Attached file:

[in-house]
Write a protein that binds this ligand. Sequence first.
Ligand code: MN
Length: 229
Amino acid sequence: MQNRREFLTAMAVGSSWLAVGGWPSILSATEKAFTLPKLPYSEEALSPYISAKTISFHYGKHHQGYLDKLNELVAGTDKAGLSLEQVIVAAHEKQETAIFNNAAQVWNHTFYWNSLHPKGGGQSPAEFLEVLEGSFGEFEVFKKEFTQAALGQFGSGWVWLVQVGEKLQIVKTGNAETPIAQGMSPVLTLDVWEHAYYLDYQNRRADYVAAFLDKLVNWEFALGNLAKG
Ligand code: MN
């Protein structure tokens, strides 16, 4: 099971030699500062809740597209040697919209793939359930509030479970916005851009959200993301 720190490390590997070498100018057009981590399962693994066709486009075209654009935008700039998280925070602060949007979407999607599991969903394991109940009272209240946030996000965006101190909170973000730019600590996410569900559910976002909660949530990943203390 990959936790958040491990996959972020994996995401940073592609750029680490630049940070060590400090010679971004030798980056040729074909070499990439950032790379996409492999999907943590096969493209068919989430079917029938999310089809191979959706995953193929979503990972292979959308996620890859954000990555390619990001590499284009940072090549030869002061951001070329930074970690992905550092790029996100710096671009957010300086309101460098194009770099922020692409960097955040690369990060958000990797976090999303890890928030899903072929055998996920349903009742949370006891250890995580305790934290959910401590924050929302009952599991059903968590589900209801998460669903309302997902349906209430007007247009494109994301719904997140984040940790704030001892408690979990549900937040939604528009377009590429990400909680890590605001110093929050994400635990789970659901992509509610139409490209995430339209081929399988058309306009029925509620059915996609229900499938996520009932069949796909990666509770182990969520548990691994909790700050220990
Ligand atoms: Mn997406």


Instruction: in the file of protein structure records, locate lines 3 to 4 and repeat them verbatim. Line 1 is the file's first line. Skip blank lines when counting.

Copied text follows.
Ligand code: MN
Length: 229